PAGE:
It’s an old plotline: Boy meets girl, boy wins girl, the girl decides it might be time to break up with the boy. For Rashied Amini, that’s when the story takes a twist. As a systems engineer at NASA’s Jet Propulsion Lab, he’s trained to think about risk, probability, and failure potential.
Back in 2014, Amini’s girlfriend had even said, half-jokingly: How about a cost-benefit analysis of our relationship? As Stephen Marche writes this week on Backchannel, that got Amini’s wheels turning. Before he knew it, he was building an elaborate spreadsheet charting the costs and benefits of his relationship. As he recalls, the bottom line was that the numbers showed they should stay together. The girlfriend left anyway.
But the work didn’t go to waste. Amini thought his deep dive into what makes a relationship tick—when it’s worth staying when it’s time to let go—might be useful for a lot of people.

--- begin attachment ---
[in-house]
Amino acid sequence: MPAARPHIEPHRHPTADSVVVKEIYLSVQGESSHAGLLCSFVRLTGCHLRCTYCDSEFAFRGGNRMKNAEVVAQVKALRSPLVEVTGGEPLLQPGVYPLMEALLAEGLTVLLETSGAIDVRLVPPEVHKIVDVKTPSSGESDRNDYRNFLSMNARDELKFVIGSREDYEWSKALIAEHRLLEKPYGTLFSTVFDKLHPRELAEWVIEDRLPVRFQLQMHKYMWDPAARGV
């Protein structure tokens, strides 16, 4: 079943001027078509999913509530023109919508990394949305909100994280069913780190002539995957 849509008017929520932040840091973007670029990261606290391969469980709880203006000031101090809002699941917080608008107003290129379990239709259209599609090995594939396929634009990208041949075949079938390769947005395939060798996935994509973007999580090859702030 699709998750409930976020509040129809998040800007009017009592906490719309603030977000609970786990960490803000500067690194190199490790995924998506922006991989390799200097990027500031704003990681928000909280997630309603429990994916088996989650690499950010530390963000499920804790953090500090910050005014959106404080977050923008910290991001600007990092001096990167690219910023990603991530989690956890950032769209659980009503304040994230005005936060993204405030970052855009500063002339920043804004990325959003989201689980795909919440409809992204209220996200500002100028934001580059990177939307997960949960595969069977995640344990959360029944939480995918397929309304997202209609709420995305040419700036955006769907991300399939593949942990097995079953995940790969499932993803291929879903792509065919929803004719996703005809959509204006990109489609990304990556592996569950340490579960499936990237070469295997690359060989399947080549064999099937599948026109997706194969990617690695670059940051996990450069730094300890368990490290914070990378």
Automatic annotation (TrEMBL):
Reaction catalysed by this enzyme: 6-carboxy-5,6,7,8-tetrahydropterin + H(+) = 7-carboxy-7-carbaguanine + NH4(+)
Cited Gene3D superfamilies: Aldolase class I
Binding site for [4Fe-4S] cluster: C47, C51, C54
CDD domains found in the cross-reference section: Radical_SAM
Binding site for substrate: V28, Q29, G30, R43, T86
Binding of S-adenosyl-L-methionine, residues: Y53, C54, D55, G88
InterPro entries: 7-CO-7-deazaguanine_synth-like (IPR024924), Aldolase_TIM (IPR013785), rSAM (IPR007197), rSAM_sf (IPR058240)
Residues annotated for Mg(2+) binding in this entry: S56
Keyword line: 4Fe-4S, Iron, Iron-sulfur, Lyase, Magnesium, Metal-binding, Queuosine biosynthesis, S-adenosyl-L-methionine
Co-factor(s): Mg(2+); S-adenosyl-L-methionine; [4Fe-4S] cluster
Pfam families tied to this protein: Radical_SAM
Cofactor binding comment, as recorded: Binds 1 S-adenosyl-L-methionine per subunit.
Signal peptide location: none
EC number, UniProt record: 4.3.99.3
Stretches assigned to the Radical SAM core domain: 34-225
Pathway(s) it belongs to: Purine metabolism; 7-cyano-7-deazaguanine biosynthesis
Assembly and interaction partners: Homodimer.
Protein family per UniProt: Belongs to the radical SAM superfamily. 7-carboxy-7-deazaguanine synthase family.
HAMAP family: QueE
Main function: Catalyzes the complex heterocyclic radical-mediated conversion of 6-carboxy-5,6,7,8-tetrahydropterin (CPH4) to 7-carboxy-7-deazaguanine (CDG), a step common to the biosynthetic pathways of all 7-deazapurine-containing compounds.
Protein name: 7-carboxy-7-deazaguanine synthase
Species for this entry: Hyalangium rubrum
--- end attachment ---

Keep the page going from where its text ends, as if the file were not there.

Thus was born an unusual dating app, Nanaya. It’s not so much a matchmaking service as a utility for predicting where you are in your journey to finding “the one” and how to maximize your chances of meeting an optimum partner—or not if the numbers say you’re not ready. (It will also tell you if you should break up with your current SO.) The service has amassed hundreds of thousands of users.
Amini, who is still single, admits he doesn’t use the data himself when he’s dating, although it has helped him know himself better. As Marche writes: “Take it from the systems engineer at NASA’s Jet Propulsion Lab: Some matters of the heart cannot be quantified.”